The event, 5:30 p.m. Thursday, Sept. 13, is free and open to the public — please RSVP here.

Event details:

5:30 p.m. to 7:30 p.m.
Thursday, Sept. 13, 2018
Tube Factory artspace
1125 Cruft St., Indianapolis, IN 46203
Get tickets here and find more on Facebook

More in What's Your Education Story?

School safety

Hiring more security officers in Memphis after school shootings could have unintended consequences

PHOTO: Jahi Chikwendiu/The Washington Post/Getty Images

Tennessee’s largest district, Shelby County Schools, is slated to add more school resource officers under the proposed budget for next school year.

Superintendent Dorsey Hopson earmarked $2 million to hire 30 school resource officers in addition to the 98 already in some of its 150-plus schools. The school board is scheduled to vote on the budget Tuesday.

But an increase in law enforcement officers could have unintended consequences.

A new state law that bans local governments from refusing to cooperate with federal immigration officials could put school resource officers in an awkward position.

Tennessee Education Commissioner Candice McQueen recently reminded school personnel they are not obligated to release student information regarding immigration status. School resource officers employed by police or sheriff’s departments, however, do not answer to school districts. Shelby County Schools is still reviewing the law, but school board members have previously gone on the record emphasizing their commitment to protecting undocumented students.

“Right now we are just trying to get a better understanding of the law and the impact that it may have,” said Natalia Powers, a district spokeswoman.

Also, incidents of excessive force and racial bias toward black students have cropped up in recent years. Two white Memphis officers were fired in 2013 after hitting a black student and wrestling her to the ground because she was “yelling and cussing” on school grounds. And mothers of four elementary school students recently filed a lawsuit against a Murfreesboro officer who arrested them at school in 2016 for failing to break up a fight that occurred off-campus.

Just how common those incidents are in Memphis is unclear. In response to Chalkbeat’s query for the number and type of complaints in the last two school years, Shelby County Schools said it “does not have any documents responsive to this request.”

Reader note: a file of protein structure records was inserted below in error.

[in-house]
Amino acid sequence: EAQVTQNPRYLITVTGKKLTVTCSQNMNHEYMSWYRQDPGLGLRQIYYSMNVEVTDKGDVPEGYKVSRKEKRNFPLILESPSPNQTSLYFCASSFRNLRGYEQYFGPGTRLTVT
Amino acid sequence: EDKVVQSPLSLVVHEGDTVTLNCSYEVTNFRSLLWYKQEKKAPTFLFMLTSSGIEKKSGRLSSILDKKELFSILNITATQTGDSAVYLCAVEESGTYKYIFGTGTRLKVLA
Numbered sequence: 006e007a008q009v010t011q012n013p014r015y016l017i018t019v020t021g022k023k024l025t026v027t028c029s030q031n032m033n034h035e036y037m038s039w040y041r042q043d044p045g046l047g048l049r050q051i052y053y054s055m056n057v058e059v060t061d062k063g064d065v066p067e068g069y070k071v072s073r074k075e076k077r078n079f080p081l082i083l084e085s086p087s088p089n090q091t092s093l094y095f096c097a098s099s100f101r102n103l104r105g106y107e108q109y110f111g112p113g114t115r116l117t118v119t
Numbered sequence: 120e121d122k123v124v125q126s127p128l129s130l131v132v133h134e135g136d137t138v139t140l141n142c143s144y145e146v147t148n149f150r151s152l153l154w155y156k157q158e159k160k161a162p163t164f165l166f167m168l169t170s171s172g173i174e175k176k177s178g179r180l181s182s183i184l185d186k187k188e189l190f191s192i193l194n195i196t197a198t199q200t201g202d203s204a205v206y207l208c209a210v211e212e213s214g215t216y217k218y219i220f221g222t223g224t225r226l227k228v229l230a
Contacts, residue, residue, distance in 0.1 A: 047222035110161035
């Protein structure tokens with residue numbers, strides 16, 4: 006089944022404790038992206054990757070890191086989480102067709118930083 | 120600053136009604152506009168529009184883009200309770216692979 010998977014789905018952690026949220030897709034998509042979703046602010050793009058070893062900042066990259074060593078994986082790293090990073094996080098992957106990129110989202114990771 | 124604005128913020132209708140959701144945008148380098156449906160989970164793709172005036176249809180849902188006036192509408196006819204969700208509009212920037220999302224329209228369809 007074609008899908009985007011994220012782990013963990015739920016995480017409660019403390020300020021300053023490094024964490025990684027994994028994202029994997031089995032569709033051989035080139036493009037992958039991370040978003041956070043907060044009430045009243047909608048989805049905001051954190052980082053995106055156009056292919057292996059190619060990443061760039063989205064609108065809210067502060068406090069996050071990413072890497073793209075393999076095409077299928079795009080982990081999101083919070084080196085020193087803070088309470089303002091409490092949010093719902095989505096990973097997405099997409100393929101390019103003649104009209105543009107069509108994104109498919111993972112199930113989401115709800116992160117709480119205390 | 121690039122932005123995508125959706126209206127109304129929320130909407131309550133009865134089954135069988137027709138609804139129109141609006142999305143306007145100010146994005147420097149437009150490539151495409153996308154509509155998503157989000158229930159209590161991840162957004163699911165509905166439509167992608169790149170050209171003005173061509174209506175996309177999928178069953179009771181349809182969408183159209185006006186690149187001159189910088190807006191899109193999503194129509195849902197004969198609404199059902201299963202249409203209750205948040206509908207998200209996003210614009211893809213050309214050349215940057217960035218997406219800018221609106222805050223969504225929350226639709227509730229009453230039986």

Currently, 38 school resource officers are sheriff’s deputies, and the rest are security officers hired by Shelby County Schools. The officers respond and work to prevent criminal activity in all high schools and middle schools, Hopson said. The 30 additional officers would augment staffing at some schools and for the first time, branch out to some elementary schools. Hopson said those decisions will be based on crime rates in surrounding neighborhoods and school incidents.

Hopson’s initial recommendation for more school resource officers was in response to the school shooting in Parkland, Florida, that killed 17 people and sparked a wave of student activism on school safety, including in Memphis.

Gov. Bill Haslam’s recent $30 million budget boost would allow school districts across Tennessee to hire more law enforcement officers or improve building security. Measures to arm some teachers with guns or outlaw certain types of guns have fallen flat.


For more on the role and history of school resource officers in Tennessee, read our five things to know.


Sheriff’s deputies and district security officers meet weekly, said Capt. Dallas Lavergne of the Shelby County Sheriff’s Office. When the Memphis Police Department pulled their officers out of school buildings following the merger of city and county school systems, the county Sheriff’s Office replaced them with deputies.

All deputy recruits go through school resource officer training, and those who are assigned to schools get additional annual training. In a 2013 review of police academies across the nation, Tennessee was cited as the only state that had specific training for officers deployed to schools.